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Henry Louis Stephens, untitled watercolor (c. 1863) of a black man reading a newspaper with headline "Presidential Proclamation/Slavery".
Abraham Lincoln, Brooklyn Museum

The Emancipation Proclamation was a presidential proclamation and executive order issued by President Abraham Lincoln on January 1, 1863. In a single stroke, it changed the federal legal status of more than 3 million enslaved persons in the designated areas of the South from "slave" to "free". It had the practical effect that as soon as a slave escaped the control of the Confederate government, by running away or through advances of federal troops, the slave became legally free. Eventually it reached and liberated all of the designated slaves. It was issued as a war measure during the American Civil War, directed to all of the areas in rebellion and all segments of the executive branch (including the Army and Navy) of the United States.<ref>Political scientist Brian R. Dirck states: "The Emancipation Proclamation was an executive order, itself a rather unusual thing in those days. Executive orders are simply presidential directives issued to agents of the executive department by its boss." {{#invoke:citation/CS1|citation |CitationClass=book }}</ref>

It proclaimed the freedom of slaves in the ten states that were still in rebellion.<ref>{{#invoke:citation/CS1|citation |CitationClass=web }}</ref> Because it was issued under the President's war powers, it necessarily excluded areas not in rebellion - it applied to more than 3 million of the 4 million slaves in the U.S. at the time. The Proclamation was based on the president's constitutional authority as commander in chief of the armed forces;<ref>{{#invoke:citation/CS1|citation |CitationClass=web }}</ref> it was not a law passed by Congress. The Proclamation also ordered that suitable persons among those freed could be enrolled into the paid service of United States' forces, and ordered the Union Army (and all segments of the Executive branch) to "recognize and maintain the freedom of" the ex-slaves. The Proclamation did not compensate the owners, did not outlaw slavery, and did not grant citizenship to the ex-slaves (called freedmen). It made the eradication of slavery an explicit war goal, in addition to the goal of reuniting the Union.<ref>{{#invoke:Footnotes|harvard_citation_no_bracket}}</ref> Around 20,000 to 50,000 slaves in regions where rebellion had already been subdued were immediately emancipated. It could not be enforced in areas still under rebellion, but as the Union army took control of Confederate regions, the Proclamation provided the legal framework for freeing more than 3 million slaves in those regions. Prior to the Proclamation, in accordance with the Fugitive Slave Act of 1850, escaped slaves were either returned to their masters or held in camps as contraband for later return. The Proclamation applied only to slaves in Confederate-held lands; it did not apply to those in the four slave states that were not in rebellion (Kentucky, Maryland, Delaware, and Missouri, which were unnamed), nor to Tennessee (unnamed but occupied by Union troops since 1862) and lower Louisiana (also under occupation), and specifically excluded those counties of Virginia soon to form the state of West Virginia. Also specifically excluded (by name) were some regions already controlled by the Union army. Emancipation in those places would come after separate state actions and/or the December 1865 ratification of the Thirteenth Amendment, which made slavery and indentured servitude, except for those duly convicted of a crime, illegal everywhere subject to United States jurisdiction.<ref>{{#invoke:citation/CS1|citation |CitationClass=web }}</ref>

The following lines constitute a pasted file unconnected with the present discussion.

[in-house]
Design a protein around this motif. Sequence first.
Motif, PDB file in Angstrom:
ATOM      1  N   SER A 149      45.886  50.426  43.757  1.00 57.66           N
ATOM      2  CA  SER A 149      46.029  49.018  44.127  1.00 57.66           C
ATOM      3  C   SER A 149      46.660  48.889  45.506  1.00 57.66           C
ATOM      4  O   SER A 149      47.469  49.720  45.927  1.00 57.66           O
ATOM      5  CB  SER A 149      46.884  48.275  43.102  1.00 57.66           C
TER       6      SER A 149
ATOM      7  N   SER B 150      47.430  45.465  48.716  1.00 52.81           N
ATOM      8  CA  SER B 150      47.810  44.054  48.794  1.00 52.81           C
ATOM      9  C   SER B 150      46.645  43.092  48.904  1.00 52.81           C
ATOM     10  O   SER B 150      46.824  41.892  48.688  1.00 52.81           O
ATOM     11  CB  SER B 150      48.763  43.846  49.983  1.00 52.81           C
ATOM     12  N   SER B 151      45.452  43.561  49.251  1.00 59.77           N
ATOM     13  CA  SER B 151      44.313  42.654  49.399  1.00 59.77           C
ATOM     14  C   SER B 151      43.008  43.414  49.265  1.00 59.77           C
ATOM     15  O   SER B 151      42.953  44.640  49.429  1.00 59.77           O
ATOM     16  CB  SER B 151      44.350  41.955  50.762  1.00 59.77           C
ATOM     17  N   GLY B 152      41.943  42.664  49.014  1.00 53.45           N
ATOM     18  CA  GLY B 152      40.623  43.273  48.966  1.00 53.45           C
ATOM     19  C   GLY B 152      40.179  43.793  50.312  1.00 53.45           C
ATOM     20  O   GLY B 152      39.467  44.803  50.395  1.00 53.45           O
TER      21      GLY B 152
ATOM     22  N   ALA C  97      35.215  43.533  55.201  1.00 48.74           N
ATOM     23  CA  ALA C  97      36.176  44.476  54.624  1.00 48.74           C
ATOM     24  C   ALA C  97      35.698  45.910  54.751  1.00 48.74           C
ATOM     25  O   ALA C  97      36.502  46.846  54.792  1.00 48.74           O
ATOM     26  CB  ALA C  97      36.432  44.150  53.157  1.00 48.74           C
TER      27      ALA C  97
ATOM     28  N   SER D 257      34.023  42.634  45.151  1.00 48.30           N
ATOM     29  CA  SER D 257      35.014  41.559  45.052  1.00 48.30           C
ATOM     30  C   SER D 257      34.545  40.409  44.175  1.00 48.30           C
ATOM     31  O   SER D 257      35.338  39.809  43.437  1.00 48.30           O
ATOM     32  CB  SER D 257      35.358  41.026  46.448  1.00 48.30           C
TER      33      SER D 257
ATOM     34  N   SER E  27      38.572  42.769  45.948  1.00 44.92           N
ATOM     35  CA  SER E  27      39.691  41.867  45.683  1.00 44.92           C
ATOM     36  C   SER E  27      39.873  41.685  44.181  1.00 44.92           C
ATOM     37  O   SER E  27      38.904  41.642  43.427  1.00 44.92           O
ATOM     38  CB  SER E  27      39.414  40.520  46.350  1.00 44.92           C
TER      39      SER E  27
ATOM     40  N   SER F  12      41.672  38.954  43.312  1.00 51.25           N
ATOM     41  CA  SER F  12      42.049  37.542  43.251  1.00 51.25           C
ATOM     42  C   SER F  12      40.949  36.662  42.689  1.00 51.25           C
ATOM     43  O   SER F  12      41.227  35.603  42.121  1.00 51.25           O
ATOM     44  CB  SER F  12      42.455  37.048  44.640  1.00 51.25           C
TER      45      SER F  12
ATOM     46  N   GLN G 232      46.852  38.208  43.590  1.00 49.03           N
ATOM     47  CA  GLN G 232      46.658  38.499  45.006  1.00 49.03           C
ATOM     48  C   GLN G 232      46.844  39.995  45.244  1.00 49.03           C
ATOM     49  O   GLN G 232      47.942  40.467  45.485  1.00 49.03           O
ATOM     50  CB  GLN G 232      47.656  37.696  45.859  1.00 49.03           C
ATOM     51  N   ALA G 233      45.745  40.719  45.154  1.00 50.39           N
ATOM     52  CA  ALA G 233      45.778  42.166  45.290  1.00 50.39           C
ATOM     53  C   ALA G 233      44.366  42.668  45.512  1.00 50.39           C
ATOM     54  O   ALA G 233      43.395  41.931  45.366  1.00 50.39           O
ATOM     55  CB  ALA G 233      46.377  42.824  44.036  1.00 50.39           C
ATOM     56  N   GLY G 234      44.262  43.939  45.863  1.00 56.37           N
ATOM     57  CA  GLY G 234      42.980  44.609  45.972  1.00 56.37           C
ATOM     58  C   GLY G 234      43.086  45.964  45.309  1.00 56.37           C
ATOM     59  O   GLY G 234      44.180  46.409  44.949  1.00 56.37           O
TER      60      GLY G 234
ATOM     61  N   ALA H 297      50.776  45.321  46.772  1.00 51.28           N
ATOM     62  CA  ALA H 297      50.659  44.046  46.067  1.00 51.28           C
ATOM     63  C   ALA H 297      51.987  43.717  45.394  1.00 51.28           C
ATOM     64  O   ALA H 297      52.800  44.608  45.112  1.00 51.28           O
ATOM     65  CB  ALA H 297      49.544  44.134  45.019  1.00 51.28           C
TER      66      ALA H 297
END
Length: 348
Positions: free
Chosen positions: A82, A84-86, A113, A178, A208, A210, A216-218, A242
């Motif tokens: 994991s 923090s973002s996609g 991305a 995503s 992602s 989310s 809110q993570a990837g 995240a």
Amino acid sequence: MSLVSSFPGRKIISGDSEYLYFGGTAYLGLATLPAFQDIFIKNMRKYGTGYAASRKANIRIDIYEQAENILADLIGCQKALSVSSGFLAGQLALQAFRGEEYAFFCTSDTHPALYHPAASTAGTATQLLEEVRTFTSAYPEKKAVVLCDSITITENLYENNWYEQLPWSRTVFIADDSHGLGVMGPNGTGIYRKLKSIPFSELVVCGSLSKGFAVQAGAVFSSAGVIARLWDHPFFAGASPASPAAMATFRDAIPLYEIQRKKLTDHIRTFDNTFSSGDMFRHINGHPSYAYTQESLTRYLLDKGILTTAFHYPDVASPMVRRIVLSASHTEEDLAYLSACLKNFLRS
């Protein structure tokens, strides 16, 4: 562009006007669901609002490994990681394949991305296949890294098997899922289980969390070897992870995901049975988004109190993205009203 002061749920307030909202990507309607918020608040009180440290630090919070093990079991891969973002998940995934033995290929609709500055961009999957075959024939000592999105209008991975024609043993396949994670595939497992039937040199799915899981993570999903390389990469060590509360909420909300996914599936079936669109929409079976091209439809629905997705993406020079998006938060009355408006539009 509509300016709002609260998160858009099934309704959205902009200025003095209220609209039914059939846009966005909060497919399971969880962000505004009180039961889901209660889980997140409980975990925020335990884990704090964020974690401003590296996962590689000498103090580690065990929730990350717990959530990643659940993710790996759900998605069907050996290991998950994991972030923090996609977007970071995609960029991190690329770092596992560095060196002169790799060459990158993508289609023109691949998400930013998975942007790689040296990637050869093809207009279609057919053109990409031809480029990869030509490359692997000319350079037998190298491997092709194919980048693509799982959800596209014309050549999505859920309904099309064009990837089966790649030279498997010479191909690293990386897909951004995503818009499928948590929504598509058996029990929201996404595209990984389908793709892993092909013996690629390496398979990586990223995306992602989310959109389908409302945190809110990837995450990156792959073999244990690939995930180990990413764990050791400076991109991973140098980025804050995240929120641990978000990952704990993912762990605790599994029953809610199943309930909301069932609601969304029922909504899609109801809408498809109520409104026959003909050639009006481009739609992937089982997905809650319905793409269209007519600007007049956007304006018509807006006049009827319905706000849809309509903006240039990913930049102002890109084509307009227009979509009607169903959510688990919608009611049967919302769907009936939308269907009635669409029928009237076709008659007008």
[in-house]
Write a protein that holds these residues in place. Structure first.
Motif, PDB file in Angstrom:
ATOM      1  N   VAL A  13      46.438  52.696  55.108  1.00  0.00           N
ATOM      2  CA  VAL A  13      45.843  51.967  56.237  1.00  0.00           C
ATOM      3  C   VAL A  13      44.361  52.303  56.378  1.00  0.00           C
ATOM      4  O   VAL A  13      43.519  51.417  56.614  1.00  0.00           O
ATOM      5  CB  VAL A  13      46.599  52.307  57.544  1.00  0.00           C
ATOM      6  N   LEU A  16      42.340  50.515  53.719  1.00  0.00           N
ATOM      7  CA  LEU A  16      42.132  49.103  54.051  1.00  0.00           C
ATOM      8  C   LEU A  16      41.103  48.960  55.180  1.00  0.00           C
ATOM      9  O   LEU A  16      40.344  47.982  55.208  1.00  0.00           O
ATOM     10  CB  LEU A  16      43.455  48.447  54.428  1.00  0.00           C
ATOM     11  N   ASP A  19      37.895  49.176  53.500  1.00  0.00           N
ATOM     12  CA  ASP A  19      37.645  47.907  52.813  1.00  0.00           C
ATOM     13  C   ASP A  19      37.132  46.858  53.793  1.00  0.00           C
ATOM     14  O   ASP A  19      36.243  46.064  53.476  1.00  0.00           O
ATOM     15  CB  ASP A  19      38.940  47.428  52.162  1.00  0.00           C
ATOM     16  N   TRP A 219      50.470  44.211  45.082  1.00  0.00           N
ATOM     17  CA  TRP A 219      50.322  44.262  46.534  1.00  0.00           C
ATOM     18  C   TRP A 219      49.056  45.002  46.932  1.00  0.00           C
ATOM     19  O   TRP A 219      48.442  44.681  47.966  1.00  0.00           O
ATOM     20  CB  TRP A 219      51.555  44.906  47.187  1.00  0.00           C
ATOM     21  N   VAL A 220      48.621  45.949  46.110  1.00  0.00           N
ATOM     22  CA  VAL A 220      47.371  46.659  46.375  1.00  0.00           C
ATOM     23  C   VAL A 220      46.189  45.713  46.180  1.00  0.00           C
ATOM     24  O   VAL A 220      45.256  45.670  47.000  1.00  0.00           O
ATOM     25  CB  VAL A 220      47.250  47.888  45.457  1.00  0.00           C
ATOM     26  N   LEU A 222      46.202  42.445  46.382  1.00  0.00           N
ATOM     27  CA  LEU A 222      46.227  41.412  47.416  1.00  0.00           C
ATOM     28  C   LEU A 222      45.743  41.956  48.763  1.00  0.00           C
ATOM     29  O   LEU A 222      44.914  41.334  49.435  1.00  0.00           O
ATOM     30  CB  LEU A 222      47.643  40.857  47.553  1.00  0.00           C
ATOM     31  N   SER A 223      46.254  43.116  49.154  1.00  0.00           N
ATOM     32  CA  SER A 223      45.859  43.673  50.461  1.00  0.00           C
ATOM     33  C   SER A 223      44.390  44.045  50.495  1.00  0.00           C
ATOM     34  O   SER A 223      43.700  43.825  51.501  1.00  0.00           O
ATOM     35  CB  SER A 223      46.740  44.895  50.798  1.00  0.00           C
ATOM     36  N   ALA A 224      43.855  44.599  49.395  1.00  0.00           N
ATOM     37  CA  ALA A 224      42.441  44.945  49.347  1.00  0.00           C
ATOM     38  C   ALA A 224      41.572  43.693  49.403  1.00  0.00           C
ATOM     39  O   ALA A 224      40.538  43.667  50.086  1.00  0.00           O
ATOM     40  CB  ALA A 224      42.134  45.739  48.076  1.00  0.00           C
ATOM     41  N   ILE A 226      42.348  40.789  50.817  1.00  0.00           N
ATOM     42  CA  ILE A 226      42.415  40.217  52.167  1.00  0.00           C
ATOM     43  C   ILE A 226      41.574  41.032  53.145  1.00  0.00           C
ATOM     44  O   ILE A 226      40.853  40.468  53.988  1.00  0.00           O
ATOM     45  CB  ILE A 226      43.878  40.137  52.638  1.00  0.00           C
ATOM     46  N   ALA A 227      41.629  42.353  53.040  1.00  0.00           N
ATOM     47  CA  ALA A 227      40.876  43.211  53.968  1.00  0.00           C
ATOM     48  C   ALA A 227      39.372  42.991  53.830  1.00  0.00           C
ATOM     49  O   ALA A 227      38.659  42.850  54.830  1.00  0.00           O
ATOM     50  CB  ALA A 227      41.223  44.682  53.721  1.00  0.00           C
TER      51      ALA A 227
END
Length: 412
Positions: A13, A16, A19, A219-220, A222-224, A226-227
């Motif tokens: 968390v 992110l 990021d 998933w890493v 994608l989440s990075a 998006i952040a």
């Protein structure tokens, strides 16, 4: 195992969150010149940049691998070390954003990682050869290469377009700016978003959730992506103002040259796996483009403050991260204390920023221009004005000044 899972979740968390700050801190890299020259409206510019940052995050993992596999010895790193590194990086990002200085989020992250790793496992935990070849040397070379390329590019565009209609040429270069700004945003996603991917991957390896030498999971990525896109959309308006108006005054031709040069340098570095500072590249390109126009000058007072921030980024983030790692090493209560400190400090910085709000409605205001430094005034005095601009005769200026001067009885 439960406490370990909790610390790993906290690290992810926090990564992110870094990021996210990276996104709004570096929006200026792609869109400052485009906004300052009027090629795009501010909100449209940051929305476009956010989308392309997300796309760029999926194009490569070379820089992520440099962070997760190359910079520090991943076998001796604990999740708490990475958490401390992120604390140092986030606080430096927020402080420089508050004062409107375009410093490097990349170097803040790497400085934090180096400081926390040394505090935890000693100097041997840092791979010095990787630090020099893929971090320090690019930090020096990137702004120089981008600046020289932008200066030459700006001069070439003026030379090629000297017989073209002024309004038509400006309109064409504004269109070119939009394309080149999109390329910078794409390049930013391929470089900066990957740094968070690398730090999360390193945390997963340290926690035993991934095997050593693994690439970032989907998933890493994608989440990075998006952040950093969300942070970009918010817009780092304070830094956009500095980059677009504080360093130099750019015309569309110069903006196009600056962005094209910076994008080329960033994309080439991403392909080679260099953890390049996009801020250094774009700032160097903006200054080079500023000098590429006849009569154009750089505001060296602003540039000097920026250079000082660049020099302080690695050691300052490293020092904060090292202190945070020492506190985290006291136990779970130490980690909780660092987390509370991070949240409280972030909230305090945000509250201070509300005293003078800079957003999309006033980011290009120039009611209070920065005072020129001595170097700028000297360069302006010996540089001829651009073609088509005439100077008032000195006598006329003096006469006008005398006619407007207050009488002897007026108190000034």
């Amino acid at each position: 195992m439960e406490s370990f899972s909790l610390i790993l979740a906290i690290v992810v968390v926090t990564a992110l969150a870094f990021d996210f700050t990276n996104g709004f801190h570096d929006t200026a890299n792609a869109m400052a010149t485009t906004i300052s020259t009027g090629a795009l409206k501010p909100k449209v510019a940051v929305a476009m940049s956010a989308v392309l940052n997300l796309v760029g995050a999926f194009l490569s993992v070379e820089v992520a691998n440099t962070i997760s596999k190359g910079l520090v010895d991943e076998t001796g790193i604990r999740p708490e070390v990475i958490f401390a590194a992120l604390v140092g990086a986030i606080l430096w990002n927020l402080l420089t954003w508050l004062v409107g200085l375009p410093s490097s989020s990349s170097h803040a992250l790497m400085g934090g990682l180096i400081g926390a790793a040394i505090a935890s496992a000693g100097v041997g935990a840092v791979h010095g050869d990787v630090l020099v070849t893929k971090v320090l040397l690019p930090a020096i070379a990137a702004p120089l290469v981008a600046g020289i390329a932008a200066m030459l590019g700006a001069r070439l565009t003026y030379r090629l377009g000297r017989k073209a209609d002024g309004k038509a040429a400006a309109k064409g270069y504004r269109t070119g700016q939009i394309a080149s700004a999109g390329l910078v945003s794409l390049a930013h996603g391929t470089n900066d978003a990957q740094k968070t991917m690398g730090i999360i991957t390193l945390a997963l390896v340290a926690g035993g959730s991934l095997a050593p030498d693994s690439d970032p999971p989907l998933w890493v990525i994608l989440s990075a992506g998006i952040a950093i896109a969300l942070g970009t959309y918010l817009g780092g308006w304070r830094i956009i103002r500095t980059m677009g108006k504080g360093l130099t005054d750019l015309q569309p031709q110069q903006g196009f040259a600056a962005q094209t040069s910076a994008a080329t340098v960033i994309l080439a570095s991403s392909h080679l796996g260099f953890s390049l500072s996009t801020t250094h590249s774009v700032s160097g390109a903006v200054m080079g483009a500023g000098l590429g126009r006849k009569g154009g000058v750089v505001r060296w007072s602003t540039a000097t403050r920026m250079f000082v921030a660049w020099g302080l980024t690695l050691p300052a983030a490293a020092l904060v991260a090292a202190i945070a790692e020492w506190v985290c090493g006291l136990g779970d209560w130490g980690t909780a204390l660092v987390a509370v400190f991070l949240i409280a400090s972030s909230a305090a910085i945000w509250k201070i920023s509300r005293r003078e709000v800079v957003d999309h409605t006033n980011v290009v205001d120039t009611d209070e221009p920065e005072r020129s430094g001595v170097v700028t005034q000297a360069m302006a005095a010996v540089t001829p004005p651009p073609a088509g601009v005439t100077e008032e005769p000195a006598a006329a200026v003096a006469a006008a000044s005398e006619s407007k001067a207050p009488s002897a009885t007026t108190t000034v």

On September 22, 1862, Lincoln had issued a preliminary proclamation warning that he would order the emancipation of all slaves in any state that did not end its rebellion against the Union by January 1, 1863. None of the Confederate states restored themselves to the Union, and Lincoln's order, signed and issued January 1, 1863, took effect. The Emancipation Proclamation outraged white Southerners (and their sympathizers) who envisioned a race war, angered some Northern Democrats, energized anti-slavery forces, and undermined forces in Europe that wanted to intervene to help the Confederacy.<ref>Allan Nevins, Ordeal of the Union: vol 6. War Becomes Revolution, 1862–1863 (1960) pp. 231–41, 273</ref> The Proclamation lifted the spirits of African Americans both free and slave. It led many slaves to escape from their masters and get to Union lines to obtain their freedom.

The Emancipation Proclamation broadened the goals of the Civil War. While slavery had been a major issue that led to the war, Lincoln's only mission at the start of the war was to maintain the Union. The Proclamation made freeing the slaves an explicit goal of the Union war effort. Establishing the abolition of slavery as one of the two primary war goals served to deter intervention by Britain and France.<ref name="Howard Jones 1999">{{#invoke:citation/CS1|citation |CitationClass=book }}</ref> The Emancipation Proclamation was never challenged in court. To ensure the abolition of slavery in all of the U.S., Lincoln pushed for passage of the Thirteenth Amendment. Congress passed it by the necessary two-thirds vote on January 31, 1865, and it was ratified by the states on December 6, 1865.<ref>{{#invoke:citation/CS1|citation |CitationClass=web }}</ref>


Emancipation Proclamation sections
Intro  Authority  Coverage  Background  Drafting and issuance of the proclamation  Implementation  Gettysburg Address  Postbellum  Critiques  Legacy in the Civil Rights Era  In popular culture  See also  Notes  Further reading  External links  

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